Courtney Love's new version of Hole eggs on Brazilian crowd to chant "Foo Fighters are gay," clearly forgets Kurt Cobain's explicit denouncement of homophobia and high-school-jock-speech. Love later claims, "I'm allowed to use the word 'fag' because I'm a gay icon," clearly forgets that no, she isn't.
A live collaboration between Feist and out Grizzly Bear vocalist Ed Droste — singing "Cicadas & Gulls" from the former's new album Metals — appeared this week, as did the first new Feist remix I've heard this year: London's Clock Opera, who many of you will recognize as That Band I've Been Raving About All Year, transformed "How Come You Never Go There?" into a vintage house cut with electro sensibilities and Salsoul horns.
Fall Out Boy's Pete Wentz has been playing it low-key with his new band, Black Cards, but this week, the lyricist gets into the studio chair for a big-room remix of Rihanna's latest single "We Found Love." The result? Sounds like he's been listening to Deadmau5 and Wolfgang Gartner lately.
Bright Light Bright Light keeps hustling along until a tentative February 20th worldwide release date for his long-awaited debut album. This week, he offers up some free downloads of '90s-based mash-ups that he constructed for Another Night, his own monthly party in London: Check out TLC vs. Snap's "Rhythm is a Scrub" and Tori Amos vs. Madonna's "Professional Vogue."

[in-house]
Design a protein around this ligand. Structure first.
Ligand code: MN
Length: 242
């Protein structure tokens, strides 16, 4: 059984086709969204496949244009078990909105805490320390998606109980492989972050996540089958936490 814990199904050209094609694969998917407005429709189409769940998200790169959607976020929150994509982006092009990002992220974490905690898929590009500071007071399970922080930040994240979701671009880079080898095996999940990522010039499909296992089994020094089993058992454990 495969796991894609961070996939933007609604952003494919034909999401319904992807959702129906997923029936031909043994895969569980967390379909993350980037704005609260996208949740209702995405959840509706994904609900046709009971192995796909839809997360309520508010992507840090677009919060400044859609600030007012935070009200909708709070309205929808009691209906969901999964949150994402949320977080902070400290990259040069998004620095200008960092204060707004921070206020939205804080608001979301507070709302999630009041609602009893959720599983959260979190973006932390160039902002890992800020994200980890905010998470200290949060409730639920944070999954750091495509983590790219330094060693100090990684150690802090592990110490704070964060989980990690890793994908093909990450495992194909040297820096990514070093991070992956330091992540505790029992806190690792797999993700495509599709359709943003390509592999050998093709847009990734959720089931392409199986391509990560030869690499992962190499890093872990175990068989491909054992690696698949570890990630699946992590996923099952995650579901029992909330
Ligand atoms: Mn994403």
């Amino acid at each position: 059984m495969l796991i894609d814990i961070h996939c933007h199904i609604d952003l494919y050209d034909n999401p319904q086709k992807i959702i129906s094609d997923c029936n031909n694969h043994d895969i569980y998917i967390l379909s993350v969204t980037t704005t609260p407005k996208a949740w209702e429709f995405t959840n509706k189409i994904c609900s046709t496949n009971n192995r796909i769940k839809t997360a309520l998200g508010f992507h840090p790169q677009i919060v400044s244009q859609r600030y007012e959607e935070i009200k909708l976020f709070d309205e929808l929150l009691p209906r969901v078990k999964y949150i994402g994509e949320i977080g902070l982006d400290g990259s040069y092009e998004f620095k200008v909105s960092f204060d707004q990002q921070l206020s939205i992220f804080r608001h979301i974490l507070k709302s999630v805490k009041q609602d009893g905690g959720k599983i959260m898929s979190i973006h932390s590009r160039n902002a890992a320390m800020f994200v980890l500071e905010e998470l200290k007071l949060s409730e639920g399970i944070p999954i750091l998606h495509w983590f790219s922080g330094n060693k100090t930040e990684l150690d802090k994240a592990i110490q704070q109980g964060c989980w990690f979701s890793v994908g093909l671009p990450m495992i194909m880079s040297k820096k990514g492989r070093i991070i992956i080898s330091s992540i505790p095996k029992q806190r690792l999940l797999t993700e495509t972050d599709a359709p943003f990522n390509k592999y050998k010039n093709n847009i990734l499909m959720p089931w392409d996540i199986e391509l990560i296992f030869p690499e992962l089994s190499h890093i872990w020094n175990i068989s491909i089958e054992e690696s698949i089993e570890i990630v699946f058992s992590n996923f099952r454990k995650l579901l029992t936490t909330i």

UK electropop favorite Little Boots returns this week with the lead single to her forthcoming as-yet-untitled second album, and it's not your typical three-minute pop song: "Shake" is a six-minute floor-filler produced by Simian Mobile Disco's James Ford, geared more for the club than for the radio, but conceivably viable for either. If you're in the neighborhood, Little Boots comes to America for DJ appearances in New York, Los Angeles, and San Francisco this time next week.
SOUND & VISION:
Timo Maas — "College '84" (feat. Brian Molko)
This one, I must admit, was a grower: Timo Maas is a long-time German techno and progressive house producer who came of age in the Global Underground era of clubland, while Brian Molko has spent the last sixteen years as the androgynous, openly bisexual lead singer of Brit-glam stalwarts Placebo. The video for "College '84" is not what it seems at first, but by the end, you'll see why this collaboration is all about techno-sex.
Duran Duran — "Girl Panic!"
Jonas Akerlund is behind Duran Duran's epic nine-minute clip for "Girl Panic!" — in which all of your favorite legendary supermodels of the world assume the roles of the band and the members of the band play everything from journalists to bellboys. Naomi Campbell, Cindy Crawford, Helena Christenson, Yasmin Le Bon, and Eva Herzigova star, while everyone else takes notes.
Miguel Migs — "Everybody" (feat. Evelyn "Champagne" King)
San Francisco deep house legend Miguel Migs released his latest album, Outside the Skyline, earlier this year, and there was really no getting around it: Of all the guest collaborators on the record — including Bebel Gilberto and Meshell Ndegeocello, among others — the return of disco legend Evelyn "Champagne" King was truly something special. This week, "Everybody" gets the buoyant retro-club video it demands.
Patrick Wolf — "The Falcons"
Lupercalia, the long-awaited fifth album from Patrick Wolf, certainly deserves to find itself across any number of Best of 2011 lists, but "The Falcons" is a pretty awesome string around your finger: Directed by Japanese visual artist Noriko Okaku, Wolf's latest video embodies Lupercalia's joyful energy and airborne tenor. It's the visual equivalent of a weight being lifted.